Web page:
In early spring, bear moms often “park” their tiny cubs in or next to a tall “refuge tree” while they go off to forage. The cubs can climb to safety if they feel threatened, and can sleep up in the branches, out of harm’s way, while they wait for mom to return. Mom may be gone for a while. Read more about “refuge trees” here.
Wildwoods got a call yesterday morning about a small cub all by herself. After touching base with Dr. Rogers at the Bear Center, we’ve asked the folks who called about the cub to keep an eye on her from a distance, while keeping curious onlookers, dogs, etc., away. We want to give mom every chance to come back and reclaim her cub.
Though mom is usually back within hours, Dr. Rogers says that sometimes she may be gone for a day or more, and he advises patience. Young bears learn so much from their mothers, and cubs need to be with mom to have their best chance for a successful life in the wild.
Nicole kept watch on the cub yesterday. A few times, the cub wandered away from her refuge tree, and we were worried. Would she get lost? Would she be ok? Were we doing the right thing by being “hands-off” and waiting for mom? The cub always came back, though, to climb up into the safety of the refuge tree’s branches and nap. She also drank a little of the special bear cub formula that we left in a bowl at the tree’s base.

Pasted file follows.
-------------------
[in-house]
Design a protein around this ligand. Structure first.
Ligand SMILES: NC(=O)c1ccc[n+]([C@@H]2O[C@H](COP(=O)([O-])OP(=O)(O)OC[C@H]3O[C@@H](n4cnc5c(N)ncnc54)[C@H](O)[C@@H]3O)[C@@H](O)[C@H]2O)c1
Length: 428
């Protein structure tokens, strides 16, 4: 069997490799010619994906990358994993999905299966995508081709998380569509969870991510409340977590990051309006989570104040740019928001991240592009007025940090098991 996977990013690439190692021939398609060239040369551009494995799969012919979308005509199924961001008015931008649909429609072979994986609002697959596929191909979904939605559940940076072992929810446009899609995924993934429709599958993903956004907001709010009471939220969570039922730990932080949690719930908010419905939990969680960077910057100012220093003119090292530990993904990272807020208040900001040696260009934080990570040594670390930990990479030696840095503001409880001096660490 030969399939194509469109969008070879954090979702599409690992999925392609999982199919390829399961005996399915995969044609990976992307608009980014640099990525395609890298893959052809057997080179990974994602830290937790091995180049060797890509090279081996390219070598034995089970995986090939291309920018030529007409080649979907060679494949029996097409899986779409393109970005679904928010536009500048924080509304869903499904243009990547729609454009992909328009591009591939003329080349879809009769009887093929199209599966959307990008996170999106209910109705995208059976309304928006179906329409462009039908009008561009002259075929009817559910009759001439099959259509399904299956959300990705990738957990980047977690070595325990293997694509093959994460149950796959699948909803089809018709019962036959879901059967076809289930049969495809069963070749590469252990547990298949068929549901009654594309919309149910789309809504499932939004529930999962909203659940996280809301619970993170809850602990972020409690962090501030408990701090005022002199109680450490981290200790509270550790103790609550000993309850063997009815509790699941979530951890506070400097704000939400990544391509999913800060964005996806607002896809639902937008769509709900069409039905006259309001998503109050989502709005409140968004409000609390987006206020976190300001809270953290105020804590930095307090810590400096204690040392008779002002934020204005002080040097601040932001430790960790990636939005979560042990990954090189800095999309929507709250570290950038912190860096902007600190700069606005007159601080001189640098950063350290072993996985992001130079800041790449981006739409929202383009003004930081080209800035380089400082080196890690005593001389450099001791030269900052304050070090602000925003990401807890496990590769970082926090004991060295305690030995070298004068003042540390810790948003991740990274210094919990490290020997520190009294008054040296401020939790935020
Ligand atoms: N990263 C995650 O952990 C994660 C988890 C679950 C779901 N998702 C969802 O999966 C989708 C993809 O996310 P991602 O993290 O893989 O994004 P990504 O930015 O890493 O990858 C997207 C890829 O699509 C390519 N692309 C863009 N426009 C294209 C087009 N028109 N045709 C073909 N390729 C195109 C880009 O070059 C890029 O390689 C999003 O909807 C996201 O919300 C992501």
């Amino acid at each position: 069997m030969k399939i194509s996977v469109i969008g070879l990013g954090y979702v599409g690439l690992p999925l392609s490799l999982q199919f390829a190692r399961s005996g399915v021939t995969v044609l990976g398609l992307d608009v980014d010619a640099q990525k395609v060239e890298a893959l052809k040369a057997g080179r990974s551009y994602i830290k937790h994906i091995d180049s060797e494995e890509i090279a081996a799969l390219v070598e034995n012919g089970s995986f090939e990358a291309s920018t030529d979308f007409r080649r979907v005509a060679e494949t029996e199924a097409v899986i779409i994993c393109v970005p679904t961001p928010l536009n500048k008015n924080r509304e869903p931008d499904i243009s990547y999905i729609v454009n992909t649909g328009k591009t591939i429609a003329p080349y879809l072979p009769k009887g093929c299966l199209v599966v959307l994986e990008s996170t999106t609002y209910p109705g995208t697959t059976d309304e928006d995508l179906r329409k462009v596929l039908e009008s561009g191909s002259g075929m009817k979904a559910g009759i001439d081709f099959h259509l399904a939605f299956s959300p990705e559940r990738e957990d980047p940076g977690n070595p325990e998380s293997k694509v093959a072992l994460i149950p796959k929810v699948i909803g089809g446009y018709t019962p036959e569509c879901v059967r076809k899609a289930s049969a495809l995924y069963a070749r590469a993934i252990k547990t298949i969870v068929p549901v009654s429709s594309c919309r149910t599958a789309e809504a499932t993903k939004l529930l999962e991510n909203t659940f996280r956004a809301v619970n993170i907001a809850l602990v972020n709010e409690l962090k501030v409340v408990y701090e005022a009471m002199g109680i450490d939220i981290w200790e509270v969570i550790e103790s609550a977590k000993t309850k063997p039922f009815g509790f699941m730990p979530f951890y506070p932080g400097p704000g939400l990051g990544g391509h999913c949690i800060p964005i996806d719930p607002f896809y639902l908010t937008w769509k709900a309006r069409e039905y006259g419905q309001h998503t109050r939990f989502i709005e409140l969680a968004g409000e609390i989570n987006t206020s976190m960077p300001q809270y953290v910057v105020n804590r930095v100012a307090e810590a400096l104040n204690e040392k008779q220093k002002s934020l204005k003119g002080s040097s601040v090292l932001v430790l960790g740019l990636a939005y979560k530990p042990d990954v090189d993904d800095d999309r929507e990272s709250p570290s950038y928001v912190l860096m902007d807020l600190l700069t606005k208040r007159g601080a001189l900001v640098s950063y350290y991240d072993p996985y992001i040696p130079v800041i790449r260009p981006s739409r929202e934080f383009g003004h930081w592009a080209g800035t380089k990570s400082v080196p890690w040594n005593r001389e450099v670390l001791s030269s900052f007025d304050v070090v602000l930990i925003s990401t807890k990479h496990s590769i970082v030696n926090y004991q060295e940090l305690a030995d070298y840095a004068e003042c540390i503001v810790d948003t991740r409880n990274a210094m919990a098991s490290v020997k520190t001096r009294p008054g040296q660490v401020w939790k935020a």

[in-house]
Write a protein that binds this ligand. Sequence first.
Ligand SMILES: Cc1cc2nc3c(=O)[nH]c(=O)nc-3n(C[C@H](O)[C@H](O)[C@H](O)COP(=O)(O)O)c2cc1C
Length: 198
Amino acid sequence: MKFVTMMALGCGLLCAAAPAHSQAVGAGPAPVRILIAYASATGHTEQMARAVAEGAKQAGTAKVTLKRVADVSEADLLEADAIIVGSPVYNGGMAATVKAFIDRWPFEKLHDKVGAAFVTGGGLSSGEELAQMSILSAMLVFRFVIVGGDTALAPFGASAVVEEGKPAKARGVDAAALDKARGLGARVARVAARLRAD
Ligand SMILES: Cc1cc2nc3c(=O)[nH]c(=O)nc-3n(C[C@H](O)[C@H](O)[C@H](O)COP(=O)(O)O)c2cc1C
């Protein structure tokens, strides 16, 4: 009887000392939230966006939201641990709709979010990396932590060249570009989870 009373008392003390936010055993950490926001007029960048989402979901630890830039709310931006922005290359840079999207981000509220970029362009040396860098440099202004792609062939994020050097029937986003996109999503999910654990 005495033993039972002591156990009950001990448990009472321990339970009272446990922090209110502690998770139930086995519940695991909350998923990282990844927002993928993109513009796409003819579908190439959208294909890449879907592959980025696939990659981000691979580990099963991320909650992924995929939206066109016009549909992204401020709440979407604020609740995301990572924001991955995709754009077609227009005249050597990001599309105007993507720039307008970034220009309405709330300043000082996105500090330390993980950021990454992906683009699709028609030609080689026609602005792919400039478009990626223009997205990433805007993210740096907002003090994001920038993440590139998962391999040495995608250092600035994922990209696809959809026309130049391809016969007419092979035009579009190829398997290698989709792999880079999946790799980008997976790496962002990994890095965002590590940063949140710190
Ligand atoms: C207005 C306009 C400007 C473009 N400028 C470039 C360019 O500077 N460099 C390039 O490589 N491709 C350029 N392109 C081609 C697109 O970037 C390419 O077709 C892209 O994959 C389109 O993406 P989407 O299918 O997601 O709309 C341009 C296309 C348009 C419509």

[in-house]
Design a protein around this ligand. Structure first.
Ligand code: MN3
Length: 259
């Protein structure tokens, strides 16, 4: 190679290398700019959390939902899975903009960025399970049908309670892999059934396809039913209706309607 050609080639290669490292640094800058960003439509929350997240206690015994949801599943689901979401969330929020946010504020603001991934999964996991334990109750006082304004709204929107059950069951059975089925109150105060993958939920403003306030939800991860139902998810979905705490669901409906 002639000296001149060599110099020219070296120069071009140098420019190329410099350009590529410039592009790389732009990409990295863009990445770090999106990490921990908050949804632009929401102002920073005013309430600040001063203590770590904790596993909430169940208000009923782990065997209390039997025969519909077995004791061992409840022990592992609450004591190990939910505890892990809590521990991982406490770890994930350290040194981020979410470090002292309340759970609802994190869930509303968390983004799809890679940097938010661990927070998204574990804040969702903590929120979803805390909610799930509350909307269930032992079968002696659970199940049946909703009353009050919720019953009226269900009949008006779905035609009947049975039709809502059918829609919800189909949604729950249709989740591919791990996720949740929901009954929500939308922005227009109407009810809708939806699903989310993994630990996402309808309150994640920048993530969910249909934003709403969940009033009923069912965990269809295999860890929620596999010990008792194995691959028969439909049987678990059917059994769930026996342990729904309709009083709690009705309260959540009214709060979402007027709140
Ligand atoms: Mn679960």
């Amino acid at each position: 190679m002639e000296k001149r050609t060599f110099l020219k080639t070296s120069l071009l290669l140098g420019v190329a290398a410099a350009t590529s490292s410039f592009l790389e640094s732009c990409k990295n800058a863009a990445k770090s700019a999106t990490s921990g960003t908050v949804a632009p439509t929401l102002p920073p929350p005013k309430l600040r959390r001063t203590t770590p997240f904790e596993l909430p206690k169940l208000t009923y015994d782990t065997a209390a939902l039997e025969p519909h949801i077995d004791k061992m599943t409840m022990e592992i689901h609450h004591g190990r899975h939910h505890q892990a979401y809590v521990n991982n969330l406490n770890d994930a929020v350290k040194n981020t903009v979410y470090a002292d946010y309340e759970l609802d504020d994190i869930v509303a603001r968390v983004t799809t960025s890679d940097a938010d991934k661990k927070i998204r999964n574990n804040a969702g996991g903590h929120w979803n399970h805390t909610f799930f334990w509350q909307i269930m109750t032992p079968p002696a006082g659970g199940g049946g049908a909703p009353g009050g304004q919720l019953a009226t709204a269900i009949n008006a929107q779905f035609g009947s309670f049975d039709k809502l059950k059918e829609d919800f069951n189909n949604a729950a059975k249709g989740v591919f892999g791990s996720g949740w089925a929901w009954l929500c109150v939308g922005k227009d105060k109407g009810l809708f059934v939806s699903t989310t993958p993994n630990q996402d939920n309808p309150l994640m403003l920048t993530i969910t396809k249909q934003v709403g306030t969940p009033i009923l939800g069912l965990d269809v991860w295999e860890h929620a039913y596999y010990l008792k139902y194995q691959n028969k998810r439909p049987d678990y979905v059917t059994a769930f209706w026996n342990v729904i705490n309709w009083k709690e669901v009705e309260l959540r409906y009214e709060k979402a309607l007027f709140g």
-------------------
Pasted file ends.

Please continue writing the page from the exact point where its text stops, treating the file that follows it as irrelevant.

This morning, the cub was gone, and we are hoping that she and mom are back together again. Nicole and her neighbors will still keep a watchful eye out for her, just in case.
Our response to solo bear cubs in spring is evolving, based both on our own (still quite limited) experience, as well as advice from people like Dr. Deb Eskedahl and Dr. Lynn Rogers. A few years ago, at this same point of spring, we got a call about an almost identical situation — a young cub on its own — sometimes up a tree, sometimes running and calling frantically for mom.
We were convinced that the cub was orphaned and tried our best, over the course of the next three days, to catch it. Luckily for that cub, we were unsuccessful (and worried sick about it!). After three days of intermittent sightings of the cub on its own and sightings of its mom with two cubs rather than three, it was finally spotted with its mom again.
Boy, was that experience a lesson for us! If we had succeeded in catching that cub, we would have functionally orphaned it, depriving it of all of mom’s care and teaching. So now, unless the cub is clearly not doing well — weak, lethargic, injured — we keep an eye on it for a few days, sit on our hands, and wait.
(Pic by Trudy Vrieze, of a cub a few falls ago.)
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